Chubb estimated the Tommy Bahama will hit $850 million in sales this year and will continue to be Oxford’s largest asset. “The other brands have great growth potential, but Tommy is unique,” he said. “What we’re selling in Tommy is the island life dream, one that appeals to the American psyche in a very strong way. So it’s a very, very powerful brand message. Even if they’re getting on the subway in New York, or grinding through traffic in Atlanta, people just love the mental place that takes them. And we do such an incredible job of bringing that to life through our products, our retail stores, our restaurants and our e-commerce. So I think the potential for Tommy Bahama is big and there is still tons of room to grow.”

He pointed to the newfound strength of the women’s business — a market that is about twice the size of the men’s market — as a key catalyst to that growth. “To be in sync with the market, we’d have to be two-thirds women’s and one-third men’s, so as big as our men’s business is, women’s is going to be bigger just based on that.”

Add to that the other categories the brand has embraced such as furniture and spirits, and Chubb believes the sky’s the limit.

Decades ago, for a manufacturing company to be successful, it had to get sold at the major department stores. But the climate is different now and a brand needs to have its own direct-to-consumer presence, “because the primary method of discovery” today is digital, Chubb said. And having a strong online presence also helps the brick-and-mortar stores.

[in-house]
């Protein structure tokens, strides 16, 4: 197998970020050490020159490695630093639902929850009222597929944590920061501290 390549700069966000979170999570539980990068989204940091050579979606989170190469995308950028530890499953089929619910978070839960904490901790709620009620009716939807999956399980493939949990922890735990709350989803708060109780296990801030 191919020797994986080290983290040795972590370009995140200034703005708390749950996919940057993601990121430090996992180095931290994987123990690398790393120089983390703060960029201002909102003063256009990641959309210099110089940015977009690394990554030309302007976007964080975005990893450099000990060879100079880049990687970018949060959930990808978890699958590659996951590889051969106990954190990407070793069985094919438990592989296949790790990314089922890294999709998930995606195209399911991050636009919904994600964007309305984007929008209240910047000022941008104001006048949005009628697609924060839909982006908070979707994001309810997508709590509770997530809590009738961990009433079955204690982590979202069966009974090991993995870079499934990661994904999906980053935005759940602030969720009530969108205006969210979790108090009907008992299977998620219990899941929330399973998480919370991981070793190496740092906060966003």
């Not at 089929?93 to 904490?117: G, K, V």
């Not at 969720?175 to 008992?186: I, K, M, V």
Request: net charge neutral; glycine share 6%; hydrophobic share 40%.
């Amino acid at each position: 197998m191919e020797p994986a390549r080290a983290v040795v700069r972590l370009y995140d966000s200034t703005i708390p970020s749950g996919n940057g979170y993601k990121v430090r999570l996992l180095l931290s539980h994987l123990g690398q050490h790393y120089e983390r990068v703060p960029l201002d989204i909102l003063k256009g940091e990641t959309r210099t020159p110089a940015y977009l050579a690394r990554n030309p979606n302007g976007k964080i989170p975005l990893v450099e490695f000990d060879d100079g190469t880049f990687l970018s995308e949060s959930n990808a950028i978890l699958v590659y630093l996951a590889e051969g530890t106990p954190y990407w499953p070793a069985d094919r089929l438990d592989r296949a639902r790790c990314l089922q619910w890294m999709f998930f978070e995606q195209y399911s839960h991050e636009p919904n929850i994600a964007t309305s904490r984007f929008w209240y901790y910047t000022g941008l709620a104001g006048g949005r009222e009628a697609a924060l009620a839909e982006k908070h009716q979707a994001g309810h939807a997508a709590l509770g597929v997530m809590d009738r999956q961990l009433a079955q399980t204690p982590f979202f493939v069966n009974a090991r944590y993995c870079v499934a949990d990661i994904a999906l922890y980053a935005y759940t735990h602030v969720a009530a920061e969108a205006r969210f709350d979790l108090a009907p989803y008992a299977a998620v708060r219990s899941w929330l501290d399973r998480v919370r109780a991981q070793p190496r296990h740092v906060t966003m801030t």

“That’s an area where I think Tommy Bahama has gotten much more adept in the last couple of years, and has a lot of room still to go,” he said.

In addition to Tommy Bahama, Oxford has concentrated on owning and operating what Chubb refers to as other “happy brands.”

“That’s what people want, right? Happiness is an emotion and if we’re just appealing to the mind, then we’re just selling product and competing with every other brand in the world. But we want to make people feel good, and based on the feeling, sell them the product.”

Chubb said that while Tommy Bahama’s product is “second to none” with its “easy fits and luxurious fabrics,” by appealing to emotion, it establishes a “tribal loyalty. We’re aiming for the heart, not the head.”

The other brands evoke emotions as well, all of which are slightly different. Lilly Pulitzer is rooted in the colorful, Palm Beach-inspired bohemian chic lifestyle; Southern Tide connects with the Southern coast, and Beaufort Bonnet is about a charmed childhood. Duck Head, a traditional Southern brand whose history dates back to 1865, has had a variety of owners over the years and was acquired by Oxford in 2016. Although the brand is small — Chubb projected it’ll do $10 million this year — it is profitable and “growing rapidly. It’s got massive potential.”

Looks from Tommy Bahama’s spring collection. - Credit: Courtesy of Tommy Bahama
Looks from Tommy Bahama’s spring collection. - Credit: Courtesy of Tommy Bahama

Courtesy of Tommy Bahama

Looking to the future, Chubb said Oxford is “always looking to add happy brands” to its portfolio. The company is structured into an emerging brands group, which houses Beaufort Bonnet, Duck Head and Southern Tide, and this “gives us a great platform to bring in a smaller, earlier-stage brand,” he said.

“Seven or eight years ago, we would tell people this, if it’s not $50 million in sales, we’re not interested, because it’s not big enough to move the needle for us. But then we realized that so much of the action in the industry these days is with the smaller brands because people love to discover these more unique, smaller brands.

“At the same time, we would still love to do a bigger transaction too — maybe not Tommy Bahama size, but something to move the needle,” he said. “We would love to do something with a brand with sales in the $100 million range, but we know there are not a ton of those out there. And we don’t want to do a deal just to do it, we would need to find a brand that has the same values, with a management team that is very much aligned with ours. And we’ve got the financial wherewithal to do that.”